As a young woman, my biological mother was a bookworm. Warn, mildewed copies of 'The Bobbsey Twins', 'Happy Hollisters', 'Trixie Beldon', and 'Nancy Drew', and 'The Hardy Boys' were all her influence on the bookcases of my very early childhood. My big brother taught me how to read from the Bible when I was just 3; I was young enough when I learned that I honestly don't remember not knowing how to read!
My five brothers and sisters and I raised one another; we all have different fathers, and our mother was mentally ill, and abusive due to her illness. Books were a lovely escape from the abuse and loneliness of being a child in my home; I devoured every book I could get my hands on.
One of the battles that mother fought was with depression; she would often spend days at a time in her bed reading. As a result, there were innumerable volumes of paperback fiction available. Whenever we moved (something we did a lot) one of the first things that happened in each new house was the installation of rows and rows of standard-and-bracket shelves to hold the boxes and boxes of books. I read them all.
It was fortunate for me, I think, that she was not the type to read romance novels, but I cannot look at a copy of Stephen King's 'It', however, without the same heat of fear washing over me that had overtaken me when I read it for the first time at the tender age of 10.
I fell in love with my favorite book to this day, 'To Kill a Mockingbird', when I was just 8 years old. I was held captive by the reality that my brothers and sisters and I were not alone in the injustices of life. I was also endeared to the characters because I found it terribly romantic that Scout and Jem had a father and no mother; with my mother's boyfriends in and out of my life more often than the changing of the seasons, my deepest, secret wish as a little girl was to have a father.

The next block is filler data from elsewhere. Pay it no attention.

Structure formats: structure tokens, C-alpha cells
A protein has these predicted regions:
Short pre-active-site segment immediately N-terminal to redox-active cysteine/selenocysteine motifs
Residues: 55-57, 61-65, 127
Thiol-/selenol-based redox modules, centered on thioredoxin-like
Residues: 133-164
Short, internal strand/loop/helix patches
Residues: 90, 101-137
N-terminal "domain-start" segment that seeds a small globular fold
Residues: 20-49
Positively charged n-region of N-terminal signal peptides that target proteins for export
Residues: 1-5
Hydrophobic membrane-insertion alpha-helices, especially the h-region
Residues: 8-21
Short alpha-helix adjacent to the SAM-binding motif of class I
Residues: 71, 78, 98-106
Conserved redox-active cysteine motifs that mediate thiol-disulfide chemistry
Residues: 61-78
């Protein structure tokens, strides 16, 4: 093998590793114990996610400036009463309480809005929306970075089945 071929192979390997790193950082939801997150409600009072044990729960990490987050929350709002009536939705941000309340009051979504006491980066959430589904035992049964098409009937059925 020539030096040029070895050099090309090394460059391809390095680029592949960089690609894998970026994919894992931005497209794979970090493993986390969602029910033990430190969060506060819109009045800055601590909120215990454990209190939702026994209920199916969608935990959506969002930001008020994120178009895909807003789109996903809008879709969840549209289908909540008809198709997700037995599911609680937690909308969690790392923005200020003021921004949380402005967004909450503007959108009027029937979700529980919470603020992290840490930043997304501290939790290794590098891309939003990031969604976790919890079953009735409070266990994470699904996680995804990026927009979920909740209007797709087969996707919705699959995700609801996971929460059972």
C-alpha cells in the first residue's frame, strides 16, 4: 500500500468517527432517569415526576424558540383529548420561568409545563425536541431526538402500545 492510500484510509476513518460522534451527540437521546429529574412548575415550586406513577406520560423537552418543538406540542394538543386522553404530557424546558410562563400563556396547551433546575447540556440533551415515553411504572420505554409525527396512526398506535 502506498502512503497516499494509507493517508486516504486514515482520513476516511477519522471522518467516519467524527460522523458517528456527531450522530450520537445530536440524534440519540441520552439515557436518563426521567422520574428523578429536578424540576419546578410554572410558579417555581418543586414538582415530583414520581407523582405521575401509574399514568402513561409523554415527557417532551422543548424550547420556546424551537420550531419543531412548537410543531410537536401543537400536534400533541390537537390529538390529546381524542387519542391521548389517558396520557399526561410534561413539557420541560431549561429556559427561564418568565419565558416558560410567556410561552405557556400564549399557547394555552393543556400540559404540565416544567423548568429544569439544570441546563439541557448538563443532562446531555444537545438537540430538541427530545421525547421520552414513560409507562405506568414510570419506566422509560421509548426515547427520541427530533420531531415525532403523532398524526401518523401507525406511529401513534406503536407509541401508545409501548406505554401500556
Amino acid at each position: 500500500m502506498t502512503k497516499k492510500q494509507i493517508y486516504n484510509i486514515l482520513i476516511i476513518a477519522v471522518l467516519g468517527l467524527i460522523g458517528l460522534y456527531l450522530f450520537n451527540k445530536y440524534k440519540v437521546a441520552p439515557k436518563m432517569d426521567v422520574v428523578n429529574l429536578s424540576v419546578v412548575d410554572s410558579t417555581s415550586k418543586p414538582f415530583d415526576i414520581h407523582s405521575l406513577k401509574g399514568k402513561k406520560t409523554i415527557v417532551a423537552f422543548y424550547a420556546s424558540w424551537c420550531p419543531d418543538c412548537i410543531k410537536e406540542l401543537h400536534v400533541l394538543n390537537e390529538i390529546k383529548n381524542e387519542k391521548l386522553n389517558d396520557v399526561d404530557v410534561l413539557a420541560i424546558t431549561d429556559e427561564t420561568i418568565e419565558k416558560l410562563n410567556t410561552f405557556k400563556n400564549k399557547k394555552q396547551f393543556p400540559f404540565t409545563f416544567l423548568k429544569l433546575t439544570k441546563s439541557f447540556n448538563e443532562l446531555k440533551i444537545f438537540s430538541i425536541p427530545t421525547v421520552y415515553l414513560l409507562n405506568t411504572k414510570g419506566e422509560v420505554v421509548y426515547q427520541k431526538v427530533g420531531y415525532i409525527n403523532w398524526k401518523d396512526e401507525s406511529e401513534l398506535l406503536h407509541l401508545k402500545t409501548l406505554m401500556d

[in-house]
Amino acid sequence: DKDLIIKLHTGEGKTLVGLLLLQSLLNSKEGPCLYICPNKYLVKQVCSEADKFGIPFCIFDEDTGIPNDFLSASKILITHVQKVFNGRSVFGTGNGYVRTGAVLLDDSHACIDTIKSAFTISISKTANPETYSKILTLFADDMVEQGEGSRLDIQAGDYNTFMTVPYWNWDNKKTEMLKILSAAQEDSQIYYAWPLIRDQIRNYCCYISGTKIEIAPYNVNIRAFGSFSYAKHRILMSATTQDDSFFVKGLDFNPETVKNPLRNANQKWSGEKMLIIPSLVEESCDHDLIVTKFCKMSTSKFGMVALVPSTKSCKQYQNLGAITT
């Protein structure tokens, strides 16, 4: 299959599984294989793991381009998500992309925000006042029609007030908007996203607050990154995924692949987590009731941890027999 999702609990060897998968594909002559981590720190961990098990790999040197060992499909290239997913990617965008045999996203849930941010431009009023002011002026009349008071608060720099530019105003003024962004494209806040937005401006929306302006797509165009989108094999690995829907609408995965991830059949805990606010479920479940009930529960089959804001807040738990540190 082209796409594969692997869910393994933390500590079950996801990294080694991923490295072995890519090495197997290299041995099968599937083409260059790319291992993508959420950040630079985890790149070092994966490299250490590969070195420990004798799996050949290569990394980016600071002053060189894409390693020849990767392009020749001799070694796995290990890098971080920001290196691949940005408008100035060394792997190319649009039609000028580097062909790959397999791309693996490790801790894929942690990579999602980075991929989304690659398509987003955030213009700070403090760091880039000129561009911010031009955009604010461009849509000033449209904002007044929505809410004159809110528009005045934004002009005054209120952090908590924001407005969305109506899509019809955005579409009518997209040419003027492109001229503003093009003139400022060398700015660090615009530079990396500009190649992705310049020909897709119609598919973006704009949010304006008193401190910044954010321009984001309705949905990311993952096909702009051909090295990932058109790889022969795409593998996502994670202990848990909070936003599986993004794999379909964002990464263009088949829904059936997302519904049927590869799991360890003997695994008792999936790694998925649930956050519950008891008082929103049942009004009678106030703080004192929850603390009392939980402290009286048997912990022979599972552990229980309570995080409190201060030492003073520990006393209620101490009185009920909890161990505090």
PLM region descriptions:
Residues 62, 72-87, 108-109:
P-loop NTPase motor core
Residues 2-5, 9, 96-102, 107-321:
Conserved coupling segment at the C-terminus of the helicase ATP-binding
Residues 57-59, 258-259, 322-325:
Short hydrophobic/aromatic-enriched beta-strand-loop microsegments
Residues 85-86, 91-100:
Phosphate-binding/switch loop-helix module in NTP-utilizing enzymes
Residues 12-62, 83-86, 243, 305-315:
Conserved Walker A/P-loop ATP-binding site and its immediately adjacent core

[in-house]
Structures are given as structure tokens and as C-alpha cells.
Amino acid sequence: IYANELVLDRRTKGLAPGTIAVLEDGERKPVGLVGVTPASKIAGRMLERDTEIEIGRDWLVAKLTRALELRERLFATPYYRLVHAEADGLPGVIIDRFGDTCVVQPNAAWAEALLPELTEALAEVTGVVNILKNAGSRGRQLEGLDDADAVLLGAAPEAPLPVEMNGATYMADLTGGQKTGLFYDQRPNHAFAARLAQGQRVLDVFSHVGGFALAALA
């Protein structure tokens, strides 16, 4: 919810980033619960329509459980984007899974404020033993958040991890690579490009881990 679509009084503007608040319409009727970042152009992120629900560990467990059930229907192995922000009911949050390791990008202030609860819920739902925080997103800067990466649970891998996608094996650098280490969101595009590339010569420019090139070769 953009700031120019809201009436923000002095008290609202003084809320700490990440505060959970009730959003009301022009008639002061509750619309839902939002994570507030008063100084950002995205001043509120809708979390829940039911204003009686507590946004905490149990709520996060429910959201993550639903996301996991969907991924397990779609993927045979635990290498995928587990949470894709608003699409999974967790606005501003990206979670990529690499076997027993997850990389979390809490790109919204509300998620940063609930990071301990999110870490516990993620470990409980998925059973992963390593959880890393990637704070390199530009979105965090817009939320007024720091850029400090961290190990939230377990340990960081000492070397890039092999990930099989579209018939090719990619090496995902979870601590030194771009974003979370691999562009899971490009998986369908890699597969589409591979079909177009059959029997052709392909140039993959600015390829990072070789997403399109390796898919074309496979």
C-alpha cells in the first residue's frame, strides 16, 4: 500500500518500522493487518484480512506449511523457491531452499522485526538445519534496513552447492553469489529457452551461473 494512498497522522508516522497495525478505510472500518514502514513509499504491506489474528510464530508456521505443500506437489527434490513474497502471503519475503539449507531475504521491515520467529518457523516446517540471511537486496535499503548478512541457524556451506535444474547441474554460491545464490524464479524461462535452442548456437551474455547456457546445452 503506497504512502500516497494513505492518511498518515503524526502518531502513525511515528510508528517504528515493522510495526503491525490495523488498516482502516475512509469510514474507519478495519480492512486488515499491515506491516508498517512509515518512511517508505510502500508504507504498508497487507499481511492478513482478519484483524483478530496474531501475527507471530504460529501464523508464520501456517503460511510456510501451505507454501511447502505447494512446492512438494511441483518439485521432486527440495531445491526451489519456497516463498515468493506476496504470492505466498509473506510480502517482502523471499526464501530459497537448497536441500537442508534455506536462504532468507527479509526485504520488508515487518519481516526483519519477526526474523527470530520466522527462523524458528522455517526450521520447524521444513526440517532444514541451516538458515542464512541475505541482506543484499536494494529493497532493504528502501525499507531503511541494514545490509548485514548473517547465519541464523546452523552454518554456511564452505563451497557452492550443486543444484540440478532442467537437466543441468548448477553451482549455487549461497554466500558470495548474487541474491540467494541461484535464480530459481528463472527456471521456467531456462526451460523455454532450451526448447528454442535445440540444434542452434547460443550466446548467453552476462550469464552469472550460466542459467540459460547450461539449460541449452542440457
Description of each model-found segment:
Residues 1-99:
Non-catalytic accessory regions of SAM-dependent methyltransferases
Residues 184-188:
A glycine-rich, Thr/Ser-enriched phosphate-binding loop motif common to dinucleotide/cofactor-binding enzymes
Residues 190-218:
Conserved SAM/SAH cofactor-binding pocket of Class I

My first taste of Hemingway's work was at the age of 11; it was a collection of short stories, including 'The Three Day Blow'; there was something about the way the words fit together to create descriptions so real that I felt that I was in the cabin with that boy, feeling the pressing of the storm outside, and the warmth of the fire inside.
My favorite Hemingway (can there be just one?) is 'A Moveable Feast'. Upon reading 'Feast', I knew that I wanted to be a writer, and that I would, one day, make it to Paris and sit at the cafes where Hemingway sat, and suss out a book or two there.
I am thankful to have been lucky enough to have had my eyes opened at such a young age to the happiness, sadness, fear, magic, and complete joy that the written word holds in its' pages. At the end of my life, after I have passed many tests, and overcome many things, and experienced my life, my only complaint to God will be: "I didn't finish my list of books!"
*To Kill a Mockingbird image from www.art.com; Trixie Beldon image from www.abebooks.com, Moveable Feast image from www.log24.com
Leave a comment with your favorite book, and why.
See what's on my bookshelf: Rebecca Reece's Books